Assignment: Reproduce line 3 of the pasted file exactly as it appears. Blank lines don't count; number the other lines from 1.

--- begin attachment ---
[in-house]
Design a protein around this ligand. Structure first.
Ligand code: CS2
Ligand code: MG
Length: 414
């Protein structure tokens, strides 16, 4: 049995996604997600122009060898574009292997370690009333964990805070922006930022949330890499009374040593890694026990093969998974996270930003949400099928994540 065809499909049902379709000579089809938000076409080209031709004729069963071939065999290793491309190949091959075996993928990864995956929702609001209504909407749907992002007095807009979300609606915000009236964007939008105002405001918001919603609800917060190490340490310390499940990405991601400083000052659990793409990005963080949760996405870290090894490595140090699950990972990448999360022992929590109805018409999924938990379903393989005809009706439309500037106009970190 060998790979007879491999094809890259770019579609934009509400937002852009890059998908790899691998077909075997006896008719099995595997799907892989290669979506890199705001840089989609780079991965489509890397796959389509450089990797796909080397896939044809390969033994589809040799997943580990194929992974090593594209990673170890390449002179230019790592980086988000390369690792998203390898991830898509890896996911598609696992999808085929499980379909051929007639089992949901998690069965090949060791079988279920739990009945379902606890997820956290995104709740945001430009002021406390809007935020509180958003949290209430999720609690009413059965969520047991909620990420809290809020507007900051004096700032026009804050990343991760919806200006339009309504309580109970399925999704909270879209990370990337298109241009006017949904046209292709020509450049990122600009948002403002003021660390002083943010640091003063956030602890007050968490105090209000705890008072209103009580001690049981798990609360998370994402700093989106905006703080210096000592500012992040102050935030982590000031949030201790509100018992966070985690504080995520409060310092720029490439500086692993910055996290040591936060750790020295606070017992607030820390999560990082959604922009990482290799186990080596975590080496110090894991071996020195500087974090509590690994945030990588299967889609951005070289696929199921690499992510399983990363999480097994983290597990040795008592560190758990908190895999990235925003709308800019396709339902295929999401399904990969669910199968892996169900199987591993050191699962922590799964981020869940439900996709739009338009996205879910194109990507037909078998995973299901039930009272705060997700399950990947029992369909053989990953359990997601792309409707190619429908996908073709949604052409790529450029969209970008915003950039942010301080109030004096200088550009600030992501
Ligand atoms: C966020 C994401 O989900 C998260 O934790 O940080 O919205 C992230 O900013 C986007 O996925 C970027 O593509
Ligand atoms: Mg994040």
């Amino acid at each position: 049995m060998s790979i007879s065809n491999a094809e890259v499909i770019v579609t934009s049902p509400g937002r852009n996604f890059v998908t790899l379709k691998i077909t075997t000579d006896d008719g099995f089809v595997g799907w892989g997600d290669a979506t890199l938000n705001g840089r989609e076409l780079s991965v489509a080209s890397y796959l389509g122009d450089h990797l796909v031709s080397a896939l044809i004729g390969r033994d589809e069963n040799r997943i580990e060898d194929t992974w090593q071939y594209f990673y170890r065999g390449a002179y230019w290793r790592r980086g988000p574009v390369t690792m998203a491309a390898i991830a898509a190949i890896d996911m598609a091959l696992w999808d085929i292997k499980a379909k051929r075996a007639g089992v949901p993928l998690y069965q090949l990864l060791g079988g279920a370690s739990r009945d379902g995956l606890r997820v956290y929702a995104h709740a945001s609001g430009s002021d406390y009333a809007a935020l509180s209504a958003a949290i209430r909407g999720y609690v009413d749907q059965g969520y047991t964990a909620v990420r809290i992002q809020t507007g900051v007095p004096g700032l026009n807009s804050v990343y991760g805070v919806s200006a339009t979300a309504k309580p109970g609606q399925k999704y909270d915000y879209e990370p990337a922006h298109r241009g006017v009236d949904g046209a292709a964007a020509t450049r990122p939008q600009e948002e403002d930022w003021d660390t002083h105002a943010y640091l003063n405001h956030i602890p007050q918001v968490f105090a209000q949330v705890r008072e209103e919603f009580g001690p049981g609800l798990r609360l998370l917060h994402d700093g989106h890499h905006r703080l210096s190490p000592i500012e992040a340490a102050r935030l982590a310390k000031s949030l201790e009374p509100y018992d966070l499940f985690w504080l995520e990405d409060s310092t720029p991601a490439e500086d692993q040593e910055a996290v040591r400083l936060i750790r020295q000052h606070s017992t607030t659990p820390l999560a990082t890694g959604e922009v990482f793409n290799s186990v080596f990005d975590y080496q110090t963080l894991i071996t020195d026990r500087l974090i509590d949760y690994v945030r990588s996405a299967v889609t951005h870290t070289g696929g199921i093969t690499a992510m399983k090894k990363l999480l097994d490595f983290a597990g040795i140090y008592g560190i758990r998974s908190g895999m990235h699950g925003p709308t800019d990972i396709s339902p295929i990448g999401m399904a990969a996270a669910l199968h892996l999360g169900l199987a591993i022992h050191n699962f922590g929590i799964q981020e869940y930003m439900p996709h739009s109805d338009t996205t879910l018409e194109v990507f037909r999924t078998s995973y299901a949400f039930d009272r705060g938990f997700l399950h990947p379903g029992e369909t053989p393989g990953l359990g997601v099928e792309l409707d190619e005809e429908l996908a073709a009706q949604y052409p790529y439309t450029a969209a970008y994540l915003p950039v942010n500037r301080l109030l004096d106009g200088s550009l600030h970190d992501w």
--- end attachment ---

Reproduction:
Ligand code: CS2